Head of the of Hooch, one coun­try’s largest row­ing re­gat­tas, of­fers two days of rac­ing ac­tion on the wa­ter . down­town

Chattanooga Times Free Press - ChattanoogaNow - - FRONT PAGE - STAFF RE­PORT

The first Satur­day and Sun­day of Novem­ber are sig­nif­i­cant to row­ers: It’s the week­end of Head of the Hooch.

Head of the Hooch, one of the coun­try’s largest row­ing re­gat­tas, of­fers two days of rac­ing ac­tion in down­town Chat­tanooga on the Ten­nessee River. The first race on Satur­day, Nov. 4, is 8:45 a.m., the last at 6:24 p.m. Ac­tion Sun­day, Nov. 5, starts at 8:15 a.m., with the last race at 2:25 p.m.

This re­gatta is a head race, mean­ing com­pet­ing crews race on a course at dif­fer­ent times pit­ted against each other, but their fin­ish­ing times de­ter­mine their places. Head of the Hooch com­peti­tors row a 5,000-meter course ( 3.1 miles) on the river, fin­ish­ing at Ross’s Land­ing Park, 201 River­front Park­way.

Head of the Hooch, also known as the Head of the Chat­ta­hoochee, was founded in 1982 by the At­lanta Row­ing Club. The first year saw 225 row­ers en­ter fill­ing 105 boats. For 16 years the re­gatta took place on the Chat­ta­hoochee River in Roswell, Ga.

In 1997, the re­gatta had out­grown Roswell River Park, and re­lo­cated to the 1996 Olympics row­ing venue in Gainesville, Ga. The race con­tin­ued to grow, ne­ces­si­tat­ing an­other move in 2005 — this time to Ross’s Land­ing in Chat­tanooga. The re­gatta draws crews from across the coun­try as well as hav­ing hosted teams from Canada, Ger­many, Swe­den and Aus­tralia.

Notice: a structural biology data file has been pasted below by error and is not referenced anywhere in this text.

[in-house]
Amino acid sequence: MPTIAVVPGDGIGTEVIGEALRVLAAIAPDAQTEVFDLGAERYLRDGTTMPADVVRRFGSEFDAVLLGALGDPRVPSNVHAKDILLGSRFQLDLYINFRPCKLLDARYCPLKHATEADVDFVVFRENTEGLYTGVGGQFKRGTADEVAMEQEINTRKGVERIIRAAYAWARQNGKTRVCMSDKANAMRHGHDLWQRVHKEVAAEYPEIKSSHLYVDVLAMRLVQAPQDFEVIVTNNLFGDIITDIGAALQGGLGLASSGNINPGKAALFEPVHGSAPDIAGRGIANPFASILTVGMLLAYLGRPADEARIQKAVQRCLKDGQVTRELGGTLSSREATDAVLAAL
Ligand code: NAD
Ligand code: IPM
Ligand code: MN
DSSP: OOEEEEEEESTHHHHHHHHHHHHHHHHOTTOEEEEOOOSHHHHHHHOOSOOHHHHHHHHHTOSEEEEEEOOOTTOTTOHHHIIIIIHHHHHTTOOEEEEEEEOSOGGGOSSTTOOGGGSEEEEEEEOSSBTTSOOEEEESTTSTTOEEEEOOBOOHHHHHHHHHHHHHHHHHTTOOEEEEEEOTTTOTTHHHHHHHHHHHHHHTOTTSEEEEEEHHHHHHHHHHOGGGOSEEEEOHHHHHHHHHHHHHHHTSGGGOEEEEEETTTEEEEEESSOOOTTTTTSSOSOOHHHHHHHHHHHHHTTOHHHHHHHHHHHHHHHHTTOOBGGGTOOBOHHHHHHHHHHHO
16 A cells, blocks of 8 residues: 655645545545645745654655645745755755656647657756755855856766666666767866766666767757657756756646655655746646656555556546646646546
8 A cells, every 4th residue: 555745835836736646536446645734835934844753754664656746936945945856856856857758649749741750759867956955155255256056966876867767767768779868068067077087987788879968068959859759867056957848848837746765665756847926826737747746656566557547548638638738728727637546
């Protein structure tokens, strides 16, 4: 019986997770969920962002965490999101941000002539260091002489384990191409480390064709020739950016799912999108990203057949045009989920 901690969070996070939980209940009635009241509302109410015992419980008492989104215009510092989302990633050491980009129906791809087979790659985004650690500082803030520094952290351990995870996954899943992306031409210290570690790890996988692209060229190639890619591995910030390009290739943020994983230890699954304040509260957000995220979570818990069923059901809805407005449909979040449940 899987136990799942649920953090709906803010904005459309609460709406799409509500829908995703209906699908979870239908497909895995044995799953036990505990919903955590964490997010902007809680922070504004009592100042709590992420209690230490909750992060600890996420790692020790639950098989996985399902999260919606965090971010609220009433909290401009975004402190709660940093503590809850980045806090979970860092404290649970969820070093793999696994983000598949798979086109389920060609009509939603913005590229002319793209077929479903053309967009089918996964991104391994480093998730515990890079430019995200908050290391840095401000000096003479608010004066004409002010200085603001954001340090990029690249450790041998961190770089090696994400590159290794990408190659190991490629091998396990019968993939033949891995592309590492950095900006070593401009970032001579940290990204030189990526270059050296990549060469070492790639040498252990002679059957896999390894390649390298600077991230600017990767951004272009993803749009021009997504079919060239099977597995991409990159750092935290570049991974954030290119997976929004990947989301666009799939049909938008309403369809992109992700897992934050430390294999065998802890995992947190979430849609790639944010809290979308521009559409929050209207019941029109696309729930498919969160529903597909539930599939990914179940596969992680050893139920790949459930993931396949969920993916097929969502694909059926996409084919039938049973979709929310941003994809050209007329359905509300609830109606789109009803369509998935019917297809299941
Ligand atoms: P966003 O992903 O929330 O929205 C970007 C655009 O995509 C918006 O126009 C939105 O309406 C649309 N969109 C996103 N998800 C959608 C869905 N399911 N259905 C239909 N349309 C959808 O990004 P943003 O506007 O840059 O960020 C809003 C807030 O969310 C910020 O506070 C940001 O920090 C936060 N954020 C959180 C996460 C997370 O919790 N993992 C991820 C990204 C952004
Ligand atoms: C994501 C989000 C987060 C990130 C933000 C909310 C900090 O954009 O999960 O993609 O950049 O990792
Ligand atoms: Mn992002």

Fol­low­ing are some tips for spec­ta­tors and first-time vis­i­tors to Chat­tanooga:

There are two types of boats ( shells) for two types of row­ing: sweep row­ing and sculling.

In sweep row­ing, each rower has one oar about 12.5 feet long. In sculling, row­ers use two oars, each about 9.5 feet in length.

Spec­ta­tors have sev- eral choices of lo­ca­tions along the river from which they can fol­low the ac­tion.

The Wal­nut Street Bridge, a pedes­trian bridge span­ning the river, gives a bird’s-eye view of the race. Spec­ta­tors can look down on the river and watch crews as they glide un­der the bridge. A good lo­ca­tion for pho­tog­ra­phers.

Coolidge Park on the city’s North Shore is a good van­tage point to see boats on their way to the start­ing line as well as cross­ing the fin­ish line. A nice spot for a fam­ily pic­nic, or to take a fold­ing chair and set­tle in for a pleas­ant day on the river­bank.

Peo­ple with bikes may want to fol­low the rac­ers by bik­ing on the Ten­nessee River­walk, which par­al­lels the course. To rent a bike, check out bikechat­tanooga.com.


A row­ing team passes docked boats be­low the Wal­nut Street Bridge dur­ing a prac­tice for last year’s Head of the Hooch.

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